In turn this could jumpstart the Arab Peace Initiative that aligns with European Union and US goals in the Middle East peace process, with the added benefit of promoting broader regional cooperation with Turkey and EU in the Eastern Mediterranean.  The recent Israeli-Turkish reconciliation, launched after six years of broken relationship following the 2010 Mavi Marmara incident, could also help in this regard.

Beijing and Ankara also appear to compartmentalize the Uyghur issue and marching forward on economic cooperation via the new Silk Road.

In addition to China acquiring a 65% stake of Kumport container terminal in Turkey’s third largest port Ambarli in Istanbul, China’s Asian Infrastructure and Investment Bank (AIIB) is financing the Trans-Anatolian Natural Gas Pipeline Project (TANAP) that pipes Azeri gas through Georgia and Turkey unto Europe. In November 2015, Ankara and Beijing signed a memorandum of understanding (MOU) on harmonizing China’s “Belt and Road” initiative with Turkey’s “Middle Corridor”, based on a high-speed rail linking Kars in Turkey’s east with the country’s western city of Edirne, and eventually connecting Turkey with China via Central Asia and the Caucasus.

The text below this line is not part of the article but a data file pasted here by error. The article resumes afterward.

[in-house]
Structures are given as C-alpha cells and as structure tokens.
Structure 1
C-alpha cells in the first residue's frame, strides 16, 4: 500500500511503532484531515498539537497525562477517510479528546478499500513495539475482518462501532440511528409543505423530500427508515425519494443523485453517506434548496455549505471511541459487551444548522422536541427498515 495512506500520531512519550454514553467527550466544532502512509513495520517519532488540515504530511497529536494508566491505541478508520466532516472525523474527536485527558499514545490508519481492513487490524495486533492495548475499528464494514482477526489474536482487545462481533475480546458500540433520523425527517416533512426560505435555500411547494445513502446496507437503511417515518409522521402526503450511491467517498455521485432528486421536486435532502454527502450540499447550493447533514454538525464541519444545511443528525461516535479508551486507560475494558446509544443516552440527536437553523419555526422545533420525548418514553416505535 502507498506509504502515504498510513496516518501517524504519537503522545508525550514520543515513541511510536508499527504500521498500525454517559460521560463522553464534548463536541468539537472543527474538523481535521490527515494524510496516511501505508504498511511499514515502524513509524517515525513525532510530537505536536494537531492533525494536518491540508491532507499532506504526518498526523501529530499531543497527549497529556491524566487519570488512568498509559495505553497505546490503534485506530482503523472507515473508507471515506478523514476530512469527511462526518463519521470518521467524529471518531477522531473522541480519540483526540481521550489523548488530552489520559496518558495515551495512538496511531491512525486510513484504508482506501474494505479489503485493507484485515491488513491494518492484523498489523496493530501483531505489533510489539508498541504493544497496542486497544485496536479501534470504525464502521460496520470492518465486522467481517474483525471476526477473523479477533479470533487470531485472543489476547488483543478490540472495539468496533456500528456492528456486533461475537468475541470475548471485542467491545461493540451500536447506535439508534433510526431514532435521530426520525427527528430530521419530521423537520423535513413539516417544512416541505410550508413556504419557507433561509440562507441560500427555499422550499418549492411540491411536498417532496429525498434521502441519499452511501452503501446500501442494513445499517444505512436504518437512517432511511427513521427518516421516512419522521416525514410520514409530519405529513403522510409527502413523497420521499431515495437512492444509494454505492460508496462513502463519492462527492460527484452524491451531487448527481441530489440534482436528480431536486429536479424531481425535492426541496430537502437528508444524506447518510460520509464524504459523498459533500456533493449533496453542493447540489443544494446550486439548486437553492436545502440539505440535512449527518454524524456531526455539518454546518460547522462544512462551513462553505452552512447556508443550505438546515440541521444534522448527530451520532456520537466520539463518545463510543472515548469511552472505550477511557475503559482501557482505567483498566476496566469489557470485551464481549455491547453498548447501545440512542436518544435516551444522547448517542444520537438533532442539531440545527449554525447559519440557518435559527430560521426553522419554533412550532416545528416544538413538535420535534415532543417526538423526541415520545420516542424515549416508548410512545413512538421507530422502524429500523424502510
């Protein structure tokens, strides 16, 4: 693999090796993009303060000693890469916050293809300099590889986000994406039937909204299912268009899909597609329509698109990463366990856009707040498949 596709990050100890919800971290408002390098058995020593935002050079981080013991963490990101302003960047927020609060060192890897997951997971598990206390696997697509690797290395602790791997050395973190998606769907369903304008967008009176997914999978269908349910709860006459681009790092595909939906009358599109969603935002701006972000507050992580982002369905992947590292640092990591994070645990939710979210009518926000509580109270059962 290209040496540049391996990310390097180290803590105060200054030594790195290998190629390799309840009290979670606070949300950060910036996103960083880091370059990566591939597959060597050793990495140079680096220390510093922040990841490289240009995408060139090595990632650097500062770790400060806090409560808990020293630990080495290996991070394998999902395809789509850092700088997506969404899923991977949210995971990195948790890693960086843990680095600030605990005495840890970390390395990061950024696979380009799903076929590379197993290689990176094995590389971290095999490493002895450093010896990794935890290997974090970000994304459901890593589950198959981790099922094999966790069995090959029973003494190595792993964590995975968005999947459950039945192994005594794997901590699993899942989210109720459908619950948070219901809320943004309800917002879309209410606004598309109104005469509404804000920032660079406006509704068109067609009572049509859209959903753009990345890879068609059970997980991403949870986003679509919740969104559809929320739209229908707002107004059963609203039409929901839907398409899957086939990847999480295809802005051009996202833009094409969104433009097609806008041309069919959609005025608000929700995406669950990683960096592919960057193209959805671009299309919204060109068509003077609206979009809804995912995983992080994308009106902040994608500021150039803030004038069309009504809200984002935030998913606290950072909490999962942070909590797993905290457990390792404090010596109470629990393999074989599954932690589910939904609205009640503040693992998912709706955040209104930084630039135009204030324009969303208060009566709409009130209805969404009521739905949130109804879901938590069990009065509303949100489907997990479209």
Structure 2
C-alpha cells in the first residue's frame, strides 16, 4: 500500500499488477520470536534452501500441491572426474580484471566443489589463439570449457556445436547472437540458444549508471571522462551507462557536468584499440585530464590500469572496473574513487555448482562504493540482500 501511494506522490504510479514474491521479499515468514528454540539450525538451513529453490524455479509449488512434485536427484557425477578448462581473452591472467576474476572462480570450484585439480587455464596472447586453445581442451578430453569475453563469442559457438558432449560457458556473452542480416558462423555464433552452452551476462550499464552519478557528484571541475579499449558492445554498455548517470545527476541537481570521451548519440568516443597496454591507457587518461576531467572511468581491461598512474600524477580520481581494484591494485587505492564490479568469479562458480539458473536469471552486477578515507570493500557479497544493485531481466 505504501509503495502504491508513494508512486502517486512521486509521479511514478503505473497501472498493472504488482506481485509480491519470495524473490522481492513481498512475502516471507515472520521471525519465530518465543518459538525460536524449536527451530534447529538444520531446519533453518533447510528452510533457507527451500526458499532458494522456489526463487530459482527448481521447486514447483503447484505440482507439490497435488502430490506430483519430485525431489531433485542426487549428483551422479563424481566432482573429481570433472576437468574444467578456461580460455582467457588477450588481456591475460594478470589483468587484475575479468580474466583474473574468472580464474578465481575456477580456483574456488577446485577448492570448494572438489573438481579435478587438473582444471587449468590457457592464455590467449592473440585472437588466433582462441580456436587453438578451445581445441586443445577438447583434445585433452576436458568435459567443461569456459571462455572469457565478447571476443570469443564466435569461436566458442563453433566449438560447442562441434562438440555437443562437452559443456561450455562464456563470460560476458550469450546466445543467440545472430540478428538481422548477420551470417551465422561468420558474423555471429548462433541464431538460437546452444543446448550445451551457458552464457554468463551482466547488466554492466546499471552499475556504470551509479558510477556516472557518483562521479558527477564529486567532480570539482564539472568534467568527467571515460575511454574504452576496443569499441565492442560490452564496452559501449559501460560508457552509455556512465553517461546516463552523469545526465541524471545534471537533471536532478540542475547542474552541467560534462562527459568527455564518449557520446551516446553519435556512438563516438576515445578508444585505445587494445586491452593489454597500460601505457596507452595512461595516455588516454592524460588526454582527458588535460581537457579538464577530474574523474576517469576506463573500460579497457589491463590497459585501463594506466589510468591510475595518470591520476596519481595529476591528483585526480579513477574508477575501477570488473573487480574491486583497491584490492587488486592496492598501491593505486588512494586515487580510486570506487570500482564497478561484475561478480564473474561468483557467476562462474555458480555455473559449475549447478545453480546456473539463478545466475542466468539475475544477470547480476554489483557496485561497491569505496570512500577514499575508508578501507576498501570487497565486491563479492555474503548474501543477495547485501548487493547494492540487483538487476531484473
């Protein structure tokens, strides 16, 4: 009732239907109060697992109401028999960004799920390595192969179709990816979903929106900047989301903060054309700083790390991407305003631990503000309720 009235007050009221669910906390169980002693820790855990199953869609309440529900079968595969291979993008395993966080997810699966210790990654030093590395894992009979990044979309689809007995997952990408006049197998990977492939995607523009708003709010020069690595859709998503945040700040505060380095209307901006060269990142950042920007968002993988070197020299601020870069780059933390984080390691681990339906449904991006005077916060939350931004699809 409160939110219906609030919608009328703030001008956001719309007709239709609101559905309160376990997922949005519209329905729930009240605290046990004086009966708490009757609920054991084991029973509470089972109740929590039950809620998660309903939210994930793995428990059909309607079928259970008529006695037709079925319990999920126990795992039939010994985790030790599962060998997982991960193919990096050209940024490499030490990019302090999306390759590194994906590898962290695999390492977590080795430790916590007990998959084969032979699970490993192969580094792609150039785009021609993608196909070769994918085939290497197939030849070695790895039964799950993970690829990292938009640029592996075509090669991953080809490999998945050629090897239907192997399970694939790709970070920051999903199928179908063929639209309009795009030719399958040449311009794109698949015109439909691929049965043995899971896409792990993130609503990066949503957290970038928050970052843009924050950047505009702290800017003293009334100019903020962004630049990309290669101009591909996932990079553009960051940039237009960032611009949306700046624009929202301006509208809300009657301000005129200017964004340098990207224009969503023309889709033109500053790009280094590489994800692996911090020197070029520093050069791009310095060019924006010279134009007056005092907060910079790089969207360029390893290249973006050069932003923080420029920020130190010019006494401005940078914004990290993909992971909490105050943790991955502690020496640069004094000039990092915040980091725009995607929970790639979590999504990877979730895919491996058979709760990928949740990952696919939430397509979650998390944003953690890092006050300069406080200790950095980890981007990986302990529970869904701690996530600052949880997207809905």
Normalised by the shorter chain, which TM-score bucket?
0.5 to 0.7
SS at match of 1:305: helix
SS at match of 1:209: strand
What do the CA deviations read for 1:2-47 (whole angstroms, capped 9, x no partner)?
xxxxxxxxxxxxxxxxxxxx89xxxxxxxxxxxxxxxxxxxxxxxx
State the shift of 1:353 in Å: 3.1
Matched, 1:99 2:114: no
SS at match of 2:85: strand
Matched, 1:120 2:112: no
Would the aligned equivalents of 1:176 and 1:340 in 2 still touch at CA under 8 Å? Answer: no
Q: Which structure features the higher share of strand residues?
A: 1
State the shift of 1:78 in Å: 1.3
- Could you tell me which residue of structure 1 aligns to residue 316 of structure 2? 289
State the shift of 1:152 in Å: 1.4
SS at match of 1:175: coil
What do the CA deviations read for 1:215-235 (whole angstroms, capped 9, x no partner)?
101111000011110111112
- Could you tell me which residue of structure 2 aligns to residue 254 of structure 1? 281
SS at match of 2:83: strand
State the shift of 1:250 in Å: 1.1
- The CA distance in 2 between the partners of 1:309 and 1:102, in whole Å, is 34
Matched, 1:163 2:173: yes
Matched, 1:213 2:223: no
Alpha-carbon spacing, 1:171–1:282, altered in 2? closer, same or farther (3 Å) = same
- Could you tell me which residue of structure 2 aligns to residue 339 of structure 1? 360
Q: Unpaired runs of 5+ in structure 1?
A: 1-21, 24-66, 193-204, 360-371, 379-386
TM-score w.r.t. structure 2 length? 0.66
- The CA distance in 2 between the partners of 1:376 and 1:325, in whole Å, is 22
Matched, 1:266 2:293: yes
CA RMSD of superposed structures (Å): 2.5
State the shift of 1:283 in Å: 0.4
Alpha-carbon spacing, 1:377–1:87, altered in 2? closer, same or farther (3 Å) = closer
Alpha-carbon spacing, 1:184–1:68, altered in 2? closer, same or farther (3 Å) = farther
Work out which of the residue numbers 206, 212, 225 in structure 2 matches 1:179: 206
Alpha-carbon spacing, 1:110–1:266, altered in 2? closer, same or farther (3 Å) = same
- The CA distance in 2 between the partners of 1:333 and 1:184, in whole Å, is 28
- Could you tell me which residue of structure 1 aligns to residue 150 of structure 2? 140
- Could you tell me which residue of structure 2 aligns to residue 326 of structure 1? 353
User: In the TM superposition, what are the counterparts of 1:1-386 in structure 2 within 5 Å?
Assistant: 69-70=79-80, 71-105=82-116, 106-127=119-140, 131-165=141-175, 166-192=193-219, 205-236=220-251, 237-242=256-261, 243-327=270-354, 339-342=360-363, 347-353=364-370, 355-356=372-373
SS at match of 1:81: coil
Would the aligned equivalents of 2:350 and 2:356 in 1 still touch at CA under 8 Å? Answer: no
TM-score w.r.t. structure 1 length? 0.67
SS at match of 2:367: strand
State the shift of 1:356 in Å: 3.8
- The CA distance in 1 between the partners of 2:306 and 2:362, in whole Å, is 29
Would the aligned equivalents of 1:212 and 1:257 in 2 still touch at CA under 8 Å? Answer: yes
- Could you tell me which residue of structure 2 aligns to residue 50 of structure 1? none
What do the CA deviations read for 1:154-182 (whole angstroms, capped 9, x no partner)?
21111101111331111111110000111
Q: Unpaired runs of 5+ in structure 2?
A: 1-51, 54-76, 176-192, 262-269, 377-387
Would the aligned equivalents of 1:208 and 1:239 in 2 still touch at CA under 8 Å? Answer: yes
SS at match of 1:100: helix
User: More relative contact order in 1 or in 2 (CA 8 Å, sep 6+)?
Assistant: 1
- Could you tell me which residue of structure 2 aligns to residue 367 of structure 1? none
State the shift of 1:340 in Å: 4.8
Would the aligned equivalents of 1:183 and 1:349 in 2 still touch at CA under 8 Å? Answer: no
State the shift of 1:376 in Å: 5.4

Complementing this is the China-Turkey intermodal corridor, inaugurated in December 2015 by DHL Global Forwarding, a leading provider of air, sea and road freight services in Europe and Asia. The rail corridor is expected to generate US$2.5 trillion in annual trade within the next ten years, and was expanded to connect Taiwan with Europe via China, thereby linking the Pacific Ocean with the Atlantic Ocean with Turkey as a key trading hub.

Promoting regional peace and stability

As China becomes an increasing stakeholder in the Mideast and Mediterranean, Turkey, Israel, and other regional countries can leverage Beijing’s vested economic interests to help promote regional stability, and perhaps have positive spill over to the political realm with conflict resolution in Syria.  Already Gulf states such as the United Arab Emirates are also eyeing China’s rising role in the region, convening a recent conference in March to explore what constructive role Beijing may play in the Middle East peace process, the Iran issue and the Syrian crisis.

As a recent Pentagon-commissioned RAND report assessed, with so many shared interests in Mideast stability, Washington and Beijing also should have no problem to cooperate in the region. Given Sino-US relation is the most important bilateral relation and a key pillar of any future international system, indeed this may be a good place to start.

Article first published in Asia Times on March 27, 2017.

About the Author
Dr. Christina Lin is a US-based foreign policy analyst specializing in China-Mediterranean relations. She has extensive US government experience working on national security issues and was a CBRN (chemical, biological, radiological, nuclear) research consultant for Jane's Information Group.